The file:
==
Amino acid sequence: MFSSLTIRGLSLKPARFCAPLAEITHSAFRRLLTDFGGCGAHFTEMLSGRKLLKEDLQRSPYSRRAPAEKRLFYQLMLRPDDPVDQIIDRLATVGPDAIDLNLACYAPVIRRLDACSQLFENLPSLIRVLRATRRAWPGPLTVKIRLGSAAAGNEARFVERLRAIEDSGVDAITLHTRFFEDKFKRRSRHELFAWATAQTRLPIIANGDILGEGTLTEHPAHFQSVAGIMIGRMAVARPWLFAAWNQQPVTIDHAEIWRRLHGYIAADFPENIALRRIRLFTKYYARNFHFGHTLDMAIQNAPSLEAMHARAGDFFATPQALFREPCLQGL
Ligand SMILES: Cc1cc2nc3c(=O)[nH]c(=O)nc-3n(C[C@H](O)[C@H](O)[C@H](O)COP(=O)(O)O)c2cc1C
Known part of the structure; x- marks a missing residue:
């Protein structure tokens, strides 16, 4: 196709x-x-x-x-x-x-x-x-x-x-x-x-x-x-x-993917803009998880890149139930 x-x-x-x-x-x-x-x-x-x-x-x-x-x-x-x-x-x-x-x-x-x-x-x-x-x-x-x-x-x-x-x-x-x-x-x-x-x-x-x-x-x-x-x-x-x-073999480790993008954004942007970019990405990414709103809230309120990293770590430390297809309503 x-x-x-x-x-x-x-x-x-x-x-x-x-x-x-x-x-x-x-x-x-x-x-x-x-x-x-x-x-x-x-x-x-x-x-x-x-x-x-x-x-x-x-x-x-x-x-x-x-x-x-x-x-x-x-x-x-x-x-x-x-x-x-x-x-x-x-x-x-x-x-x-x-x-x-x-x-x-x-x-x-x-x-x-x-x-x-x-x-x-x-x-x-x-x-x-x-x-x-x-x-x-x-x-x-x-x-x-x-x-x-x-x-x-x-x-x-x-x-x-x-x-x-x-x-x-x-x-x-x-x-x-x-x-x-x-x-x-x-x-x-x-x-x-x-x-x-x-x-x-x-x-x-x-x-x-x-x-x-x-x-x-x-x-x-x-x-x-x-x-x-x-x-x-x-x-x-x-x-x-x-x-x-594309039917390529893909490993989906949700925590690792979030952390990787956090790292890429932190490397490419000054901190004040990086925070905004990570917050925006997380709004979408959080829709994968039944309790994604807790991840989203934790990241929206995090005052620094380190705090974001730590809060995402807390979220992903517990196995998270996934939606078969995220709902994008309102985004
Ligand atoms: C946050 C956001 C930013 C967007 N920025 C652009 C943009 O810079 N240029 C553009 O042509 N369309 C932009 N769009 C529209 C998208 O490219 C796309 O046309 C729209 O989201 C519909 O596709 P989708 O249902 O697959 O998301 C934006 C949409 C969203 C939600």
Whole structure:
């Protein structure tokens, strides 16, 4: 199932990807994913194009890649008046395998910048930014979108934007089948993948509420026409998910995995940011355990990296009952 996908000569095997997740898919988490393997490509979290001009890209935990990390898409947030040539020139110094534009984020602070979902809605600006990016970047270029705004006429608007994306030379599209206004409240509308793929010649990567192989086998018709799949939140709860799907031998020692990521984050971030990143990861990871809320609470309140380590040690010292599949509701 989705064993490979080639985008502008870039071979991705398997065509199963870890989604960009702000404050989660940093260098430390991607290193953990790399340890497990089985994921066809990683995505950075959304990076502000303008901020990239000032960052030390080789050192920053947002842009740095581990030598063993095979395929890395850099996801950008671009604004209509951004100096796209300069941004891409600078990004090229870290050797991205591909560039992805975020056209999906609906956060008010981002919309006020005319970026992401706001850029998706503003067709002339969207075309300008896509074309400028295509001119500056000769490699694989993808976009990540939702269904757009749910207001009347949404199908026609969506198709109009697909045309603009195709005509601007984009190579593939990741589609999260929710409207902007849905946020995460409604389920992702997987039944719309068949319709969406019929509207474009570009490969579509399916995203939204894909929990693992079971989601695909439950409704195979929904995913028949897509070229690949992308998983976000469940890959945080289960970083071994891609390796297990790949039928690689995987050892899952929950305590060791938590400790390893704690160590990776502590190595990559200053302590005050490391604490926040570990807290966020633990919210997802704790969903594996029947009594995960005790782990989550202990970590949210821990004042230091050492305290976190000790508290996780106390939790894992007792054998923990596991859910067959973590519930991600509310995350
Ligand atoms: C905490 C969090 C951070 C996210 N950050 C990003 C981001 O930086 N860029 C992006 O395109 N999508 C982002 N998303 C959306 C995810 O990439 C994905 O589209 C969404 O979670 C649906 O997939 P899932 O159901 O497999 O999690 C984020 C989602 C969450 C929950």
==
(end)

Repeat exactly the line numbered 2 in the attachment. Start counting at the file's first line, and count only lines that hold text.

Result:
Ligand SMILES: Cc1cc2nc3c(=O)[nH]c(=O)nc-3n(C[C@H](O)[C@H](O)[C@H](O)COP(=O)(O)O)c2cc1C